Trial of Neurosurgeon in Libya is Test of Country’s Capacity to Serve Justice

Press Release
June 7, 2012

Trial of Neurosurgeon in Libya is Test of Country’s Capacity to Serve Justice

Doctor Categorically Denies Accusations He Purposefully Withheld Medical Treatment from Anti-Gaddafi Fighter Who Died

Amnesty Turned Away from Visiting Imprisoned Doctor; Protests in Doctor’s Support Planned Friday

Contact: Suzanne Trimel, strimel@aiusa.org, 212-633-4150, @strimel

(New York) – Amnesty International said today the case of a neurosurgeon accused of purposefully withholding medical treatment in the death of an anti-Gaddafi fighter is a test of whether Libya’s judiciary is capable of delivering justice. The human rights organization said the trial of the neurosurgeon seems to involve “revenge, not justice.”

 

Protests are planned on Friday in the city of Derna in solidarity with Hisham Anour Ben Khayal, the neurosurgeon, who categorically denies the accusation that he purposefully withheld medical treatment from Fathi Mohamed Abou Shanaf, who died on May 26, 2011 from a gunshot wound to the head.

"This trial is a test for the Libyan judiciary to show it is capable of serving justice, and of staying independent and impartial in the face of public pressure or intimidation,” said Hassiba Hadj Sahraoui, Amnesty International’s Middle East and North Africa deputy director.

Amnesty International visited Jedayem prison on Tuesday asking to meet Khayal but was refused a private meeting by the prison's director, despite having obtained written authorization from the head of the judicial police to visit prisons.

Khayal said in court that he wasn’t even the treating physician in the case, and that two operations were conducted at the Sbi’a Hospital in an attempt to save Shanaf, who died after being transferred to the Sbi’a Hospital, where Khayal headed the neurosurgery department, some 35 days after his initial injury.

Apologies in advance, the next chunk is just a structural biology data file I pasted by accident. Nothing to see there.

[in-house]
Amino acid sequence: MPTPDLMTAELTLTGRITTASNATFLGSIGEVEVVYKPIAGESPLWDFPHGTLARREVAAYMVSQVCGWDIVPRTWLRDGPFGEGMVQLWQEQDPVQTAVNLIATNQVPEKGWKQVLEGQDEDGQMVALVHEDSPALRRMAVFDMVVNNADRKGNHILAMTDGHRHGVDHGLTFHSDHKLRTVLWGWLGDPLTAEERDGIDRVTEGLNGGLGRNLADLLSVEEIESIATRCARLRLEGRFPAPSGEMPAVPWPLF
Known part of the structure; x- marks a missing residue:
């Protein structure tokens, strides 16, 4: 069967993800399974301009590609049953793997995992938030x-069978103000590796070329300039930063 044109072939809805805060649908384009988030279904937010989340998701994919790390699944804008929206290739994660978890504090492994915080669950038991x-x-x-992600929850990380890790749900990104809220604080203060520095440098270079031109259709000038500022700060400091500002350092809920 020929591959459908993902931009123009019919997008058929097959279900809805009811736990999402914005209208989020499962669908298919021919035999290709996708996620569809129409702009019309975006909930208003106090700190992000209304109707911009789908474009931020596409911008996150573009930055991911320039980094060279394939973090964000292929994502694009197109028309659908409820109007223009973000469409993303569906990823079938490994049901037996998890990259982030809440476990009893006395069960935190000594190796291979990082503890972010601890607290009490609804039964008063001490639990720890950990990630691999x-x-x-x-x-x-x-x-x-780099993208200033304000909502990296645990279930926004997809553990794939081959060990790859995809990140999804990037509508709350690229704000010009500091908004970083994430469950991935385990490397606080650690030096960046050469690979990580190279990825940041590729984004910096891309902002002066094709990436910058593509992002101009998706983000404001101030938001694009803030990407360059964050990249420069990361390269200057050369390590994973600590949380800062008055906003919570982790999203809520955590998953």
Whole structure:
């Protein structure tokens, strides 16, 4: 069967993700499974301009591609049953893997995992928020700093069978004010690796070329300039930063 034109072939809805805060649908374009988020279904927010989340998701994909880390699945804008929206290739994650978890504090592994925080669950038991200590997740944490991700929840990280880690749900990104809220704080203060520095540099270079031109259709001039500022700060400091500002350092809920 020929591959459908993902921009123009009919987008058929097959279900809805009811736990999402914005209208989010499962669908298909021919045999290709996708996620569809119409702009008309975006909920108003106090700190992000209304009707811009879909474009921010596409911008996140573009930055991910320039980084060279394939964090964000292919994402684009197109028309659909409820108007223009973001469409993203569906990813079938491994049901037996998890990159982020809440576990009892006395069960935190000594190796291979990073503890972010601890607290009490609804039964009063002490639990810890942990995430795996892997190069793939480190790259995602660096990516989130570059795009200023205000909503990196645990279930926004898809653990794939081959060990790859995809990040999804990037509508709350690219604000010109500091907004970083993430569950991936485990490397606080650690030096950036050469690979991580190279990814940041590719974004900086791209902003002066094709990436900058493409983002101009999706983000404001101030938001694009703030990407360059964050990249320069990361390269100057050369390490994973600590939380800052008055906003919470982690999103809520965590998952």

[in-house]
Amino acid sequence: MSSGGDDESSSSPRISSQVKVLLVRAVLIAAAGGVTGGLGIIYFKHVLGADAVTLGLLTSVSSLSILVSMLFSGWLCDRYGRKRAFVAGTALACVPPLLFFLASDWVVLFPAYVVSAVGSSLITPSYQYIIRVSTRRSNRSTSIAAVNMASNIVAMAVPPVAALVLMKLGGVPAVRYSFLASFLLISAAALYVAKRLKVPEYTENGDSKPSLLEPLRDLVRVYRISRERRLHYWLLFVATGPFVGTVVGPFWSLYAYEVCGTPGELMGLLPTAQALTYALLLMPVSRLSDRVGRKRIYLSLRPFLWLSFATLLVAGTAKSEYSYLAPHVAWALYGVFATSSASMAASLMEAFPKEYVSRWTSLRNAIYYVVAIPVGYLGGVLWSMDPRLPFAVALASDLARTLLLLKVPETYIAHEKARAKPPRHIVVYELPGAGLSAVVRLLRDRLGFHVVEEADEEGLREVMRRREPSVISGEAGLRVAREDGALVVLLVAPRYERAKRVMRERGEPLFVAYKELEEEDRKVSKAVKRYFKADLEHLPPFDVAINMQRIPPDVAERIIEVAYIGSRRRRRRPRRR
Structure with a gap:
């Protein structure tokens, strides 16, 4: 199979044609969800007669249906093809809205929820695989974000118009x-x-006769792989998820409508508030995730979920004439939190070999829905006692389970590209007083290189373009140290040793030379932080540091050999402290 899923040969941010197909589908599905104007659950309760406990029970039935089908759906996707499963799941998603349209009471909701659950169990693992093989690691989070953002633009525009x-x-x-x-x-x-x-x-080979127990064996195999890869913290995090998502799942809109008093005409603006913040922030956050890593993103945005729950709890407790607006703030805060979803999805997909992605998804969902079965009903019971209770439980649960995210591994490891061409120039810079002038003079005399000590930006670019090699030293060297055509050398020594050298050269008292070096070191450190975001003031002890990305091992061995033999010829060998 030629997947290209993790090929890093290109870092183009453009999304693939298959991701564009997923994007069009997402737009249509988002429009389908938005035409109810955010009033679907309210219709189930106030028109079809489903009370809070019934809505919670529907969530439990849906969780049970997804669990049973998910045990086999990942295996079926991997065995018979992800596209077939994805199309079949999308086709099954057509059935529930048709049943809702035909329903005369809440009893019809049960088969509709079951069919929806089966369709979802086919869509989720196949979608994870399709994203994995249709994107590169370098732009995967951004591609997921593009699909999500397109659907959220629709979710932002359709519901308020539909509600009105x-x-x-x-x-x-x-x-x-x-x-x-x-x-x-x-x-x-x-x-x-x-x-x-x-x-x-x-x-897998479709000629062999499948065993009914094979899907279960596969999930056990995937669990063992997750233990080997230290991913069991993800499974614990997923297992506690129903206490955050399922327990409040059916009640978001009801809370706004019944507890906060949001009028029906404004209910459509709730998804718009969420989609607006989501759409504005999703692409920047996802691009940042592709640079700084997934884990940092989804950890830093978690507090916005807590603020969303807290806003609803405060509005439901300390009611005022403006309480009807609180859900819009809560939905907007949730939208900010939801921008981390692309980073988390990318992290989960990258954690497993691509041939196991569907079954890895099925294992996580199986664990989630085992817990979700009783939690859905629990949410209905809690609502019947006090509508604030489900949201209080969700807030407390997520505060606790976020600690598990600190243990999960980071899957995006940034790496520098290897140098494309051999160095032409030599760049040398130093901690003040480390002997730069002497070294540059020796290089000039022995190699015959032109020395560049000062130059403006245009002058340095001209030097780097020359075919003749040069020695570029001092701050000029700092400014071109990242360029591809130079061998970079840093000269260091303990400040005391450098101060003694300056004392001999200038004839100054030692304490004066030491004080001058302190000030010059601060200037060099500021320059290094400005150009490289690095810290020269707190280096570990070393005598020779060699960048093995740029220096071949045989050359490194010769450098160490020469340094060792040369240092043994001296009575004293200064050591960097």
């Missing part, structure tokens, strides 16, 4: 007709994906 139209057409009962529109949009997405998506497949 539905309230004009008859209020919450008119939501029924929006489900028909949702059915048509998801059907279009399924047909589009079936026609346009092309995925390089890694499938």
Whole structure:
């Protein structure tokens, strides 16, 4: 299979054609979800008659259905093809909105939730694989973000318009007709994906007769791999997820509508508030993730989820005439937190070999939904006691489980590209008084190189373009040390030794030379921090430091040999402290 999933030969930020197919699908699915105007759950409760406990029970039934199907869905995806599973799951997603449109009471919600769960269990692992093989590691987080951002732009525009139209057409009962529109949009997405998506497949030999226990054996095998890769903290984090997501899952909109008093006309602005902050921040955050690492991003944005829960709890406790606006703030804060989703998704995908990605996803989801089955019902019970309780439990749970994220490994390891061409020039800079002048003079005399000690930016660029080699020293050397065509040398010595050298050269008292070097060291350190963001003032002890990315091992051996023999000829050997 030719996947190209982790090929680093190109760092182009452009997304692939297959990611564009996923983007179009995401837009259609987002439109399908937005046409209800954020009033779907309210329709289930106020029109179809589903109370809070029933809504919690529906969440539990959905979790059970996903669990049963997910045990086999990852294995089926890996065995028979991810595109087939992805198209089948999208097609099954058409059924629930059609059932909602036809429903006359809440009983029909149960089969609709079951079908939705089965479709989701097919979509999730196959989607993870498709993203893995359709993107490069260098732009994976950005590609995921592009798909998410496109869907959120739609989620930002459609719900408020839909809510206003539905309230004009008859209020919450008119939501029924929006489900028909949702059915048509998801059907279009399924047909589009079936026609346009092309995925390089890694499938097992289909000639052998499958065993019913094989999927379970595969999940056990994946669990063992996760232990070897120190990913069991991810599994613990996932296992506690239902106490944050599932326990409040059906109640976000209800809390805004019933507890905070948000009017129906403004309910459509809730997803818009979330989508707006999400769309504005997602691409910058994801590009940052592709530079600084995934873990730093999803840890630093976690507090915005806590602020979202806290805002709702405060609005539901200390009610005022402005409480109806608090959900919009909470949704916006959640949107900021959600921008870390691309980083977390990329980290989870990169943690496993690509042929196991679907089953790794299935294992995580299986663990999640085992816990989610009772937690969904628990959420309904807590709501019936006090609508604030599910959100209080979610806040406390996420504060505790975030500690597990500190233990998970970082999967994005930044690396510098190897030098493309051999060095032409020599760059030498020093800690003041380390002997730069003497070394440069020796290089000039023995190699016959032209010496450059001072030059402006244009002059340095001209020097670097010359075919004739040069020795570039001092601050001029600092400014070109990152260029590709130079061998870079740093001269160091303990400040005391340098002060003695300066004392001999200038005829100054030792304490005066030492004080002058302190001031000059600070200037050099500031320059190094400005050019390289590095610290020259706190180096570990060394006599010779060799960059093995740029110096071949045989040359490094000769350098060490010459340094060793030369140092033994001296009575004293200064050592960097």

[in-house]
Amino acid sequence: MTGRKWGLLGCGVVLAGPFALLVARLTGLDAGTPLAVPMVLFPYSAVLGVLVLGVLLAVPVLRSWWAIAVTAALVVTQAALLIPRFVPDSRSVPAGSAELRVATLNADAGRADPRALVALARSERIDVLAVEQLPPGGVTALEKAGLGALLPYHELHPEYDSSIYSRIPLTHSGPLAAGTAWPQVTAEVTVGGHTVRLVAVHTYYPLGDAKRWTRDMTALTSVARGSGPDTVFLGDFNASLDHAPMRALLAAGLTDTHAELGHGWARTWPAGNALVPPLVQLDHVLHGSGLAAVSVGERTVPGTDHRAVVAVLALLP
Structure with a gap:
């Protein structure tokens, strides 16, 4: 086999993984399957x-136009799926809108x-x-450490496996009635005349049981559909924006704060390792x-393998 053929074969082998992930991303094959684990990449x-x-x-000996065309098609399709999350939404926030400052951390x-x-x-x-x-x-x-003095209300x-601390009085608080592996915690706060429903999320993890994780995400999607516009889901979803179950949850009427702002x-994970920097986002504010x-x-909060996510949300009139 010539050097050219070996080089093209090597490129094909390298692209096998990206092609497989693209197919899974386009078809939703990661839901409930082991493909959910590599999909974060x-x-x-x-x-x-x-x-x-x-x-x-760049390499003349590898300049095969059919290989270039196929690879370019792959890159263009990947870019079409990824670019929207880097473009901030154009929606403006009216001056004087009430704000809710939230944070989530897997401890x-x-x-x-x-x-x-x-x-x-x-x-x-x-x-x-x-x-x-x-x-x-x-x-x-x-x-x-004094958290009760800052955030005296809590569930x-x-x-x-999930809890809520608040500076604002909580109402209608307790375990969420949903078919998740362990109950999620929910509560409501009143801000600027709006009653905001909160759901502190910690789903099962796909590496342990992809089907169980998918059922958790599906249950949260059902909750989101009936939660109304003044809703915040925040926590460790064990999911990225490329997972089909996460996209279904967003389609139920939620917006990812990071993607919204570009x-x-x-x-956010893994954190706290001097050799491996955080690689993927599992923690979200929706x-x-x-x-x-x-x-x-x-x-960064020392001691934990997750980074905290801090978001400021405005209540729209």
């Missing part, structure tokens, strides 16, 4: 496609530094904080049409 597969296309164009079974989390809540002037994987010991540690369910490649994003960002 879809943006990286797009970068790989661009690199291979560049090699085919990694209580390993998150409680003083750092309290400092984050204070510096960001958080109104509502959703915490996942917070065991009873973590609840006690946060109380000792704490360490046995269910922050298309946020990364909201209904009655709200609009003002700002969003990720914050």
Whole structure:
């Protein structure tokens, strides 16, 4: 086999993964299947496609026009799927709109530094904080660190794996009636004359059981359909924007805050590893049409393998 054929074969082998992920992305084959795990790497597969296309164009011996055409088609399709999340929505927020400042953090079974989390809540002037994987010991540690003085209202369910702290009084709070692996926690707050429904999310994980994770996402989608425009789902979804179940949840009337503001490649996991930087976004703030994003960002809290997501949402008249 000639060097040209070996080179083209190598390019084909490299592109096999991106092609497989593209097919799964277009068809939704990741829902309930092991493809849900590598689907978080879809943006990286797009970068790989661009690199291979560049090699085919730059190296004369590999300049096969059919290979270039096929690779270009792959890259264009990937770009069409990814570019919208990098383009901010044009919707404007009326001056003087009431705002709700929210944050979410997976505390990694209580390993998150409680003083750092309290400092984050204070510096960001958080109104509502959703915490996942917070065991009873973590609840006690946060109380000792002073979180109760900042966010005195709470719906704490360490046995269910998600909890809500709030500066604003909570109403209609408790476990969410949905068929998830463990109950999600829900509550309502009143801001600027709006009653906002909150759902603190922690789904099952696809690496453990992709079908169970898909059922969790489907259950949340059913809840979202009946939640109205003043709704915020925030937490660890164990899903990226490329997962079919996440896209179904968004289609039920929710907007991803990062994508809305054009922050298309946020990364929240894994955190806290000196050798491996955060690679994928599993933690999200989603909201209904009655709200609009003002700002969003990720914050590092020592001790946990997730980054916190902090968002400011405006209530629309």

However, the militia group named after the dead fighter accuses the doctor - who previously treated Colonel al-Gaddafi and is deemed by some to be an enemy of Libya’s “17 February Revolution” - of medical neglect.

Khayal was abducted Tripoli on April 1 by a militia group that includes several relatives of the dead man. The doctor is on trial in the dead fighter's hometown, Al-Zawiya, where there is a swell of public feeling against him.

"What we are witnessing here is revenge, not justice. It is extremely dangerous when relatives of the deceased are the ones deciding on the fate of the alleged perpetrator," said Sahraoui. "The Libyan authorities must ensure that Hisham Anour Ben Khayal is treated fairly and that an independent medical review into the cause of Fathi Mohamed Abou Shanaf's death and the treatment he received in hospital is conducted.

”All Hisham Anour Ben Khayal's torture allegations must also be properly investigated and remedied."

After being seized at his clinic in Tripoli, Khayal was detained at the militia’s base in the city of al-Zawiya, where he was beaten with whips and sticks.

The doctor's brother, Ashraf Anour Ben Khayal, eventually located him on April 3 and went to the militia’s base to see his sibling. Instead, he was also reportedly detained and tortured.

Khayal was later transferred to nearby Jedayem prison, charged with breaching laws relating to medical conduct.

His torture claims have yet to be investigated despite strong photographic evidence supporting them, and he was not referred for medical examination.

Amnesty International is a Nobel Peace Prize-winning grassroots activist organization with more than 3 million supporters, activists and volunteers in more than 150 countries campaigning for human rights worldwide. The organization investigates and exposes abuses, educates and mobilizes the public, and works to protect people wherever justice, freedom, truth and dignity are denied.